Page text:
LASIK Turkey, Part 2 - Your Cary, Chapel Hill, Durham, Roxboro LASIK Surgeons
Last week we left off “Part 1” reporting the historic moment for LASIK at the end of last year with President Obama’s awarding an IBM team of scientists who discovered how the excimer laser could be used for vision-correction surgery. Part of that discovery included the team of researchers demonstrating the precision and scale of the excimer laser by etching “IBM” onto a strand of human hair – without burning it!
The team produced a highly magnified electron micrographic image (above) of the highly magnified single strand of human hair etched by the laser. The demonstration itself was done to show the medical community what the excimer laser could do, and the image was published around the world.
How does the Excimer Laser Work?
Instead of burning living matter, the excimer laser’s quick pulses of ultraviolet light cut into
The research team envisioned how this “clean excision” could be used for brain surgery, dentistry, orthopedics, and dermatology. But at the time, eye surgeons had been searching for an alternative to using a scalpel for a
By 1984 the discovery had launched a worldwide program of research to develop excimer laser-based refractive surgery. Years of experimentation and clinical trials followed. In 1995, the US Food and Drug Administration approved the first commercial excimer laser-based refractive surgery system, 14 years after the team’s initial experimentation.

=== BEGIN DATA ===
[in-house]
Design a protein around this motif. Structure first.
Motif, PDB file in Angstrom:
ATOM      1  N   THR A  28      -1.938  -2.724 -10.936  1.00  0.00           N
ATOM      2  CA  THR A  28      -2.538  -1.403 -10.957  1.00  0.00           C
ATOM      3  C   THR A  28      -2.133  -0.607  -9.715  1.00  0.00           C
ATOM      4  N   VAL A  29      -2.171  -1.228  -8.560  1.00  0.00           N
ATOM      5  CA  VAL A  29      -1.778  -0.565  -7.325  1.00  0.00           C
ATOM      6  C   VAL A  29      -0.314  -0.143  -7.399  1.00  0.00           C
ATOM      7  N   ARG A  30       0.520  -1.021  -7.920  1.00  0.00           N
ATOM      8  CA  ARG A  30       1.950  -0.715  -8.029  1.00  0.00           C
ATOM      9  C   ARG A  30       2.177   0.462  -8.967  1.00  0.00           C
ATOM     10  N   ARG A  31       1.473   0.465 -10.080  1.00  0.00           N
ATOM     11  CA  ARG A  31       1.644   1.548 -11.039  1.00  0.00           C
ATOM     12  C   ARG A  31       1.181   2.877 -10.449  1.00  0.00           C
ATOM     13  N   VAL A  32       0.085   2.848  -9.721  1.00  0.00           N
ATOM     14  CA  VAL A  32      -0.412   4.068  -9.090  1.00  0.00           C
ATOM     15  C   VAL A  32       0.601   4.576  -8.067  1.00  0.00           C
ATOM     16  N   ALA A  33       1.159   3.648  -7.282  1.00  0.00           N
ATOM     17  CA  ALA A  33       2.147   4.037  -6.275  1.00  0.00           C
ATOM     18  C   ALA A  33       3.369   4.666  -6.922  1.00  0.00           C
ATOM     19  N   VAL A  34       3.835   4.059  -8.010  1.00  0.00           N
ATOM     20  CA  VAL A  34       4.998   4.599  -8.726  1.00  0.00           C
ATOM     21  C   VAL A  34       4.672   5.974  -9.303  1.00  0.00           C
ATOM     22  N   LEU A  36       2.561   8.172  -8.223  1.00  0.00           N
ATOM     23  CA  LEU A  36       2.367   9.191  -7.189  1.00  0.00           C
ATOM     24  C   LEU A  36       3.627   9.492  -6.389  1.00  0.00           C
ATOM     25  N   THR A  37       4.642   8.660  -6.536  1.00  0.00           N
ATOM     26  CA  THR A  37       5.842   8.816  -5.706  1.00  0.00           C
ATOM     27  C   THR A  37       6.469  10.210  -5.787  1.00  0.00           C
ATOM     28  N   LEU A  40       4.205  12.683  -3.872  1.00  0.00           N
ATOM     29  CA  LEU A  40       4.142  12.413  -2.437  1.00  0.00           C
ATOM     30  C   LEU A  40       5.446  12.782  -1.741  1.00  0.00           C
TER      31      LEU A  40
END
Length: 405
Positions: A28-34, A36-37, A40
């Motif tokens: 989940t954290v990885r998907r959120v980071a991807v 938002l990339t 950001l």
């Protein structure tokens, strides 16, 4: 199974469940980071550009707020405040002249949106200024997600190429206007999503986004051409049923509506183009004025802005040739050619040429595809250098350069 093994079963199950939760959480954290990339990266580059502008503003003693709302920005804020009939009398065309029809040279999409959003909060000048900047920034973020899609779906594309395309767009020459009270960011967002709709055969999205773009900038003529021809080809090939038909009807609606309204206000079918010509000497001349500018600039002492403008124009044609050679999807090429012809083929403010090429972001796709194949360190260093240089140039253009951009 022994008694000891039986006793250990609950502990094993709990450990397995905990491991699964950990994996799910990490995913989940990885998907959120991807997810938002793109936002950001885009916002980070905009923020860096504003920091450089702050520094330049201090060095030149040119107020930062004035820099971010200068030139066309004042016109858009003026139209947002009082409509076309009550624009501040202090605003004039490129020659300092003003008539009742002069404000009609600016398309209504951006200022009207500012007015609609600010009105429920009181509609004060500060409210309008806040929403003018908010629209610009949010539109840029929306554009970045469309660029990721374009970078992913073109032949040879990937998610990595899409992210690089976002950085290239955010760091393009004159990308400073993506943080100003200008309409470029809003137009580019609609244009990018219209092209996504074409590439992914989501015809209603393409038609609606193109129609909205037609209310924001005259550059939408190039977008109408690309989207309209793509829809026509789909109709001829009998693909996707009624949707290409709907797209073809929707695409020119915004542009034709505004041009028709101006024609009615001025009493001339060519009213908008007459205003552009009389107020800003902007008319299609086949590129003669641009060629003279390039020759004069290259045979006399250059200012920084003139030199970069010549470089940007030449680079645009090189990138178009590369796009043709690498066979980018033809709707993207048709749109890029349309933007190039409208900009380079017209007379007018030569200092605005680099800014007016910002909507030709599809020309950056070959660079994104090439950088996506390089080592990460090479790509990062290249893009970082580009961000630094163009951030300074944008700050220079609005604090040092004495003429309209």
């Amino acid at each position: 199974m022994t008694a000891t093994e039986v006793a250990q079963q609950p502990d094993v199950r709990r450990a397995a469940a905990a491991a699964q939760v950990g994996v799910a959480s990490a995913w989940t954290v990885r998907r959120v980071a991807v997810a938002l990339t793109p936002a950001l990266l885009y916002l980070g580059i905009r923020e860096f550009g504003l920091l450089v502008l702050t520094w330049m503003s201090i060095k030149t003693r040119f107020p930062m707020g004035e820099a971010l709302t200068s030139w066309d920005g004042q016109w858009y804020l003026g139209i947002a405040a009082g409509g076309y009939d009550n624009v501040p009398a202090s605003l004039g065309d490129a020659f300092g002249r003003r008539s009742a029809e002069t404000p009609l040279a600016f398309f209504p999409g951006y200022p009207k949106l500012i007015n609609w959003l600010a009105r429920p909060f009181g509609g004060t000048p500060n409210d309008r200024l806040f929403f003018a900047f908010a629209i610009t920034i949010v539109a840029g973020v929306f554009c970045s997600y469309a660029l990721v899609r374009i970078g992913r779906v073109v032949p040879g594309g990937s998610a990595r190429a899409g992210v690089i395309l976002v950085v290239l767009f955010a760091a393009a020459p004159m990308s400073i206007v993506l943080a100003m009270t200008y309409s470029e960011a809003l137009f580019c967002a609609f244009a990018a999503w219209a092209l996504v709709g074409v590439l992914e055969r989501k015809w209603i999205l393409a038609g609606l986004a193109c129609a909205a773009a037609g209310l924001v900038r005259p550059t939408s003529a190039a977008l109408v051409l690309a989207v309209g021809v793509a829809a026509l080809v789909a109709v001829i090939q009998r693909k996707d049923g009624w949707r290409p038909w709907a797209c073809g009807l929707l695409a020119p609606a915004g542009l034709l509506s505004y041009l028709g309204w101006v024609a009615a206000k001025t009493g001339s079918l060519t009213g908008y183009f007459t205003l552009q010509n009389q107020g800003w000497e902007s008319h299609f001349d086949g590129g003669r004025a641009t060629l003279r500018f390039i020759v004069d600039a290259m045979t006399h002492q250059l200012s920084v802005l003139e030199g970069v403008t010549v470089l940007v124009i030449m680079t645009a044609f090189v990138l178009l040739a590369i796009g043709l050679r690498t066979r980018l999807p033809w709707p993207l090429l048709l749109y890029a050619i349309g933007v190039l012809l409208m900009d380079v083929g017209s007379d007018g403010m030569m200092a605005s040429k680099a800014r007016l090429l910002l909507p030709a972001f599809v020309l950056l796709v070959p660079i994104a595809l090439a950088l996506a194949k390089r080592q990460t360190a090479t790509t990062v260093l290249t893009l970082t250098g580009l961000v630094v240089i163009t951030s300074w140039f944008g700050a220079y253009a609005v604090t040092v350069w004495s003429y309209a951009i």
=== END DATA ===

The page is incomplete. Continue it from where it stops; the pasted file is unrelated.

Today LASIK eye surgery is the most popular vision-correction surgery performed worldwide and has improved the vision of approximately 25 million people. More than 90 percent of patients achieve 20/20 to 20/40 vision and are able to perform all or most of their daily activities without glasses or contact lenses. Modern improvements to the procedure enable many patients to achieve 20/15, and even 20/10, “superhuman” vision, something not achievable with eyeglasses or contact lenses.
Where are they now? Of the IBM excimer laser surgery discovery team: James J. Wynne still works at IBM’s Thomas J. Watson Research Center; Rangaswamy Srinivasan and Samuel Blum have since retired.